One of the things common to those we call “Saints” is that they espouse unpopular causes or an unpopular faith. Quite often, there may be only a few solid objectors who disapprove of the action of those we call Saints, but others will go along rather than tried to block the tide as it were. In this hurricane season, what happens when you usually tried to span the flow is that you’re faced with a choice of staying or going. If you remain, you risk becoming trapped under a pile of rubble or a fallen tree, shredded by shards of glass, or submerged in water and need to reach the roof of the house quickly and hope that the water doesn’t come up that far. Most people, faced with such a prospect will do what they can to board up and sandbag their houses, and the really smart ones will leave town as soon as possible.
There will always be people who feel that they are nearly invincible, well able to withstand whatever nature can throw at them, and save their houses and possessions without lifting a finger. Unfortunately, that can be a big, fatal mistake. The Saints had to use their best judgment when it came to similar situations, even if not meteorologically, and choose to remain faithful or follow the majority.
One such saint was a man named Cyprian, who was born a pagan in Carthage. He was a lawyer who presented cases in court and also a teacher of rhetoric or the art of persuasive speech-making.
Cyprian was about 46 years old when he became a Christian, and a mere two years later he became the Bishop of Carthage. Hopefully, his first year was rather peaceful, because Emperor Decius began a persecution of the Christians in about 450 BCE, forcing many into hiding, including Cyprian. At the end of the oppression, things still were not calm and peaceful. Arguments broke out about what to do about those Christians who had not remained faithful to Christianity and who had denied it under threat and stress. One group wanted to close the door to those who had broken communion by denying the faith. Another group favored bringing the apostates back into the fold with no probation or penalty. Cyprian was a moderate of sorts in this particular situation. He placed strict rules on people who were venerating uncanonized martyrs of the persecution. This position made him appear to lean towards the total forgiveness of the lapsed who had denied the faith and made him look very bad in the eyes of those who supported the reverence.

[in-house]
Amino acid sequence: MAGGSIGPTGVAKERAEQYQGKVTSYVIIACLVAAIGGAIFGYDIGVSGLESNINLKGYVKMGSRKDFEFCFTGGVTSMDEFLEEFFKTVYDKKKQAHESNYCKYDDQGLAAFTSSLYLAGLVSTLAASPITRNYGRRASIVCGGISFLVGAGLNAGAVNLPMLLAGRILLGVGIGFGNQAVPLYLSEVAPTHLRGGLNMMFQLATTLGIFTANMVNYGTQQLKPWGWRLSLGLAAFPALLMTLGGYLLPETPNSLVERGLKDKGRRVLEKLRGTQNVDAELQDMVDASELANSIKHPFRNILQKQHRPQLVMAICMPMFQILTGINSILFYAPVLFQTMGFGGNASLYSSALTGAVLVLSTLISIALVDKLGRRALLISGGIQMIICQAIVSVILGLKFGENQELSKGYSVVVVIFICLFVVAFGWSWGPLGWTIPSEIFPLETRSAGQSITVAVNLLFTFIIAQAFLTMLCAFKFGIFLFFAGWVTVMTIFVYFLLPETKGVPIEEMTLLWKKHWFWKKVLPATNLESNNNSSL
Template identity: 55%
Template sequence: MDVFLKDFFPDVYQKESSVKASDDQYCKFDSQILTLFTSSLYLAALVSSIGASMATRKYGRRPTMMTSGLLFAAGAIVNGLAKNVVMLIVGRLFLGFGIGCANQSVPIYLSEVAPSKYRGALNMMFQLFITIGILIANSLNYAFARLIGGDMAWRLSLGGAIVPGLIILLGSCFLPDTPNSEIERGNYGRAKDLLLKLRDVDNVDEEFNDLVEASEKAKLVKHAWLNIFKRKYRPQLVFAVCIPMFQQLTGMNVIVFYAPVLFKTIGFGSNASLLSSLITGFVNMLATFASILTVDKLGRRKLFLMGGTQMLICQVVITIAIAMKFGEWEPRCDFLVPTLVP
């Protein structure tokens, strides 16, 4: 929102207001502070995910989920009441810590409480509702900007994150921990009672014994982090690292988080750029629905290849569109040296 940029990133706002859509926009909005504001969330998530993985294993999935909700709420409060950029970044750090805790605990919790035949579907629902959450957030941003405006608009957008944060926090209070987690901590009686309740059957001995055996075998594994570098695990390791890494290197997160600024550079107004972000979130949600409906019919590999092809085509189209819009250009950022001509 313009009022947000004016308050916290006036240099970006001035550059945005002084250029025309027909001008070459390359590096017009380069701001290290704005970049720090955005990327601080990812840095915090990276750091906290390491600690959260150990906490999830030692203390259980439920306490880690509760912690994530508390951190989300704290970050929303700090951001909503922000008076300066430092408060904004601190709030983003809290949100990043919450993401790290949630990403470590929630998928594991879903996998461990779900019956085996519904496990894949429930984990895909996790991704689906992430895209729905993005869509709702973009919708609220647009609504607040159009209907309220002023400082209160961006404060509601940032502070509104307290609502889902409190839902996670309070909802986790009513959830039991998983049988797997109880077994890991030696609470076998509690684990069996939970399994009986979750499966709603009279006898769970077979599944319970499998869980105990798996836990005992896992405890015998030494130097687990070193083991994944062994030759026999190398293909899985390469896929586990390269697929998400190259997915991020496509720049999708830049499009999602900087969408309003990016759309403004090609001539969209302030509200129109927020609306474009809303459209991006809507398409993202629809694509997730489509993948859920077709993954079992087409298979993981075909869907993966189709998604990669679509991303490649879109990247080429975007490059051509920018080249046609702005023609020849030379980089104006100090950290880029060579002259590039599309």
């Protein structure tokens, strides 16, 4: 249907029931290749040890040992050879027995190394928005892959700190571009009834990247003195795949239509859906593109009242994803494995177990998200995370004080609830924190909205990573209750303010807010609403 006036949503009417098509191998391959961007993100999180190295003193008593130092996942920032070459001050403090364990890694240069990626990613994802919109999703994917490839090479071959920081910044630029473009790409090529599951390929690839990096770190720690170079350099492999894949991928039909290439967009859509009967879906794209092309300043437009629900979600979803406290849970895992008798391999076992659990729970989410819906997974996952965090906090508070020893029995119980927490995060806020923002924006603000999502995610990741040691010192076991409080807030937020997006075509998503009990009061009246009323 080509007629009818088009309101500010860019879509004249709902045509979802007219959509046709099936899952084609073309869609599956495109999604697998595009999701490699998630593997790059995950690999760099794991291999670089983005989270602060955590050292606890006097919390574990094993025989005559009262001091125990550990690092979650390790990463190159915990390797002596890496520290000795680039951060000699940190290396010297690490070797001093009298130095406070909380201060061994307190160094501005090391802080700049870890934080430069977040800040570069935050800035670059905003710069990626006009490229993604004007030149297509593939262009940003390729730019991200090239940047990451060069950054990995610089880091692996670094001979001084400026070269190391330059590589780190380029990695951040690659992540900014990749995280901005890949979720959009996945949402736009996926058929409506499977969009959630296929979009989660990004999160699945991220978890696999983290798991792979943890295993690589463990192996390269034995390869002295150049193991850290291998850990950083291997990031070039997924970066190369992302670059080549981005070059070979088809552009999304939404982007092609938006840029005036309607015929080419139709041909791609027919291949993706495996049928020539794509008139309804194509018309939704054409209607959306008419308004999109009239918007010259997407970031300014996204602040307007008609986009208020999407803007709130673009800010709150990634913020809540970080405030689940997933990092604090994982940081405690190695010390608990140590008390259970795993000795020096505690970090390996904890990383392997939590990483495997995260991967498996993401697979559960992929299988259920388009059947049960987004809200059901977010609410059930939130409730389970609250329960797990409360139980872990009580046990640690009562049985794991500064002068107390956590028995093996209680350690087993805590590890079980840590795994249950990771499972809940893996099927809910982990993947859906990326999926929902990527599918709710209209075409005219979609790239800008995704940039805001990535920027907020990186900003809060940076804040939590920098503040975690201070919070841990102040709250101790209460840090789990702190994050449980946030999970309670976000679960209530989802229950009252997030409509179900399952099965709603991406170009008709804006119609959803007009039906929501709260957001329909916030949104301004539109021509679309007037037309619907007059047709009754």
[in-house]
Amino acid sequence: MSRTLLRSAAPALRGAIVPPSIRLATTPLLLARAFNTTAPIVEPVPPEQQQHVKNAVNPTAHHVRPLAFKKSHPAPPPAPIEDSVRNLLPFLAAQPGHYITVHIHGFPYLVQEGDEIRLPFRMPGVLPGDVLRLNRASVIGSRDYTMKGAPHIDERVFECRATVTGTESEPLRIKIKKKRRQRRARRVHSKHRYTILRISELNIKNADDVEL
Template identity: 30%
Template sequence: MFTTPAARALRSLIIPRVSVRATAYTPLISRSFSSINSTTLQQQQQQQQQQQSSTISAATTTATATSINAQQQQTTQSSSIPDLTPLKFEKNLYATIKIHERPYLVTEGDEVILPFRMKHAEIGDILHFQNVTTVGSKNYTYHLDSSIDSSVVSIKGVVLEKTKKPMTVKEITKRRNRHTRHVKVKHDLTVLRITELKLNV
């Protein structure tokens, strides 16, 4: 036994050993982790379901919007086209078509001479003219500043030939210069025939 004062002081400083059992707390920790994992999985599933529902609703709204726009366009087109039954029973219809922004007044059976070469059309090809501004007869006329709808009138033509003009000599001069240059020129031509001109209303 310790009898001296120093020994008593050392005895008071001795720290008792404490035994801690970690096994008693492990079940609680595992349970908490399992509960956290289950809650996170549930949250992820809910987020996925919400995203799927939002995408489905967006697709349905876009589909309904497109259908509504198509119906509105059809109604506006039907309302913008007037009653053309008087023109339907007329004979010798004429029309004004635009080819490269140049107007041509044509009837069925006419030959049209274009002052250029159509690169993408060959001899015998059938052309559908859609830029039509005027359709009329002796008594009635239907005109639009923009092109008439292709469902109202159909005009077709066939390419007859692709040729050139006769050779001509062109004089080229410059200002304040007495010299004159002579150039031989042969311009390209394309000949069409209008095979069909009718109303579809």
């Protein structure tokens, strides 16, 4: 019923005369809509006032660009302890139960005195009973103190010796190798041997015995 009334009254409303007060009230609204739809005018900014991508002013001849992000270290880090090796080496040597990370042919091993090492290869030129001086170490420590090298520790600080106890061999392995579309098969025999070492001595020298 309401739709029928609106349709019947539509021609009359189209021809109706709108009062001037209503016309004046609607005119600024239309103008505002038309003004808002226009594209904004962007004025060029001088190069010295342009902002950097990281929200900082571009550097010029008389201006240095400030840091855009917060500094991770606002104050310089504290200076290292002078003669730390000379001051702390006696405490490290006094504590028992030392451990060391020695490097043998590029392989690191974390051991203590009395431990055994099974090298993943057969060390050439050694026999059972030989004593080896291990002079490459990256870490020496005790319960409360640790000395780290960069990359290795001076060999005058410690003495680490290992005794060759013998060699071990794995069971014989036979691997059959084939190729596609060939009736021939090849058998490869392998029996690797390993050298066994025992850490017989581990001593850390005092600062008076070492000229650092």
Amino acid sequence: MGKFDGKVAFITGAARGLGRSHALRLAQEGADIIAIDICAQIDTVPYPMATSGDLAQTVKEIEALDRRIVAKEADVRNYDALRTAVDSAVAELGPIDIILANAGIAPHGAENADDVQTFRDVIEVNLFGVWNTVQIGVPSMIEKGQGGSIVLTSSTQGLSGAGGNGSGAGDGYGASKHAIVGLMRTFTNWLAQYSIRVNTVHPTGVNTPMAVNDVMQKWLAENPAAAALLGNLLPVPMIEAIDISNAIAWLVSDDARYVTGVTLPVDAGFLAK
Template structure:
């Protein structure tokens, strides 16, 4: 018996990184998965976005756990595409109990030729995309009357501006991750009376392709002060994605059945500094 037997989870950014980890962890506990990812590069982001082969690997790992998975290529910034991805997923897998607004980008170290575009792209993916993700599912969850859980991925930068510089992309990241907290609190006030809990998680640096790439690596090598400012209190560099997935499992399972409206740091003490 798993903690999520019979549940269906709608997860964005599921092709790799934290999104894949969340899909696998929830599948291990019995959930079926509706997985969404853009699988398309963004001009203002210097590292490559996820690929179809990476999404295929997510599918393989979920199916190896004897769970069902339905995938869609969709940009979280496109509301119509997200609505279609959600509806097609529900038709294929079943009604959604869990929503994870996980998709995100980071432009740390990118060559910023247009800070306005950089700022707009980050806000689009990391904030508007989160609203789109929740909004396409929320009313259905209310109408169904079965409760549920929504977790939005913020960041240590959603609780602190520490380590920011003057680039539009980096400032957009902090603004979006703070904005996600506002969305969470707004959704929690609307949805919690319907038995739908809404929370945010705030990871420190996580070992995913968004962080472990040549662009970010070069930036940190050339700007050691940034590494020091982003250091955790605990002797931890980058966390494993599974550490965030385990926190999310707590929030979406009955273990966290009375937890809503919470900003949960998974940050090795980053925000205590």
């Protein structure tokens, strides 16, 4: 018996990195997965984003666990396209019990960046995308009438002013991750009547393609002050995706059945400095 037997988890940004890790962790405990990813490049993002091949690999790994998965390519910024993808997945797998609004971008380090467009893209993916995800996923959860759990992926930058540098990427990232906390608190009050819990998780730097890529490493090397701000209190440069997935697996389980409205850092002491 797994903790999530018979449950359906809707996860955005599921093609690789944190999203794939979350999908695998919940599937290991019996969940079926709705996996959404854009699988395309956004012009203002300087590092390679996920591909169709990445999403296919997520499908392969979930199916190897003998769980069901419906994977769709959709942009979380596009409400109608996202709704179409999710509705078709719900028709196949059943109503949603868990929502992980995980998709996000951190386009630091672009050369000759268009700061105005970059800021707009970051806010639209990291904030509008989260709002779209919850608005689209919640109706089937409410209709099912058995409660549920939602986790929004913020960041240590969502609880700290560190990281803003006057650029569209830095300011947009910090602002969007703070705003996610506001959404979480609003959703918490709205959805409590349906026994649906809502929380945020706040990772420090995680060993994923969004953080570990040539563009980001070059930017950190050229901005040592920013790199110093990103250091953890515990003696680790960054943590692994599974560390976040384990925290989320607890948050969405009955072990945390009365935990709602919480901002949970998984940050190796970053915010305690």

One other rather significant controversy in which Cyprian was involved was that of whether or not those involved in the schism and who denied the faith should be received back into the church and under what circumstances. Carthage had an ancient custom of reception via means of anointing with oil. Rome and much of North Africa also supported this practice. Carthage, however, had turned to a tradition of receiving the apostates by re-baptism. The Pope was very much against this, and Cyprian’s party of re-baptism failed. So far, Cyprian was far from winning the pennant for his division.
And then came the plague. Cyprian did his best to set up shelters and medical relief for all who were afflicted, but unfortunately, many saw the epidemic as a sign of wrath from other deities who were anti-Christianity. It sounds somewhat like what we hear today, where both sides claim to be the saints and the opposing party being the heretics and, quite often, the causes of all the disasters.
Cyprian had run away and hidden during the previous persecution, earning the wrath and displeasure of those who had stayed and remained faithful in the very face of danger. This time, though, Cyprian stayed put and was arrested for his pains. He was imprisoned, tried, and beheaded in 258 AD.
Persecutions are like natural disasters, only abuses usually last longer and have a very definite human origin. With a natural disaster, there is often a clear sign of its appearance, and there is always a choice — stay and take one’s chances or go and significantly raise the chances of getting out of it alive. In the case of the persecutions in Cyprian’s time, the choice was to remain faithful or swear allegiance to a god or gods and escape potential death.
We still have the choice to remain faithful or to turn our backs. We have so many opportunities to choose how we will respond to life and potential disaster. We also have the responsibility of accepting the consequences of our choices, as Cyprian did. Sometimes those consequences can mean public displeasure and disapproval, while other times it can result in death by trying to do good. Jesus chose the way of death to bring us life. That is a model we can always look to, even in the worst of times.
Image: St Cyprian of Carthage, from OrthodoxWiki at Wikimedia Commons.
Linda Ryan is a co-mentor for an Education for Ministry group, an avid reader, lover of Baroque and Renaissance music, and -retired. She keeps the blog Jericho’s Daughter. She is also owned by three cats.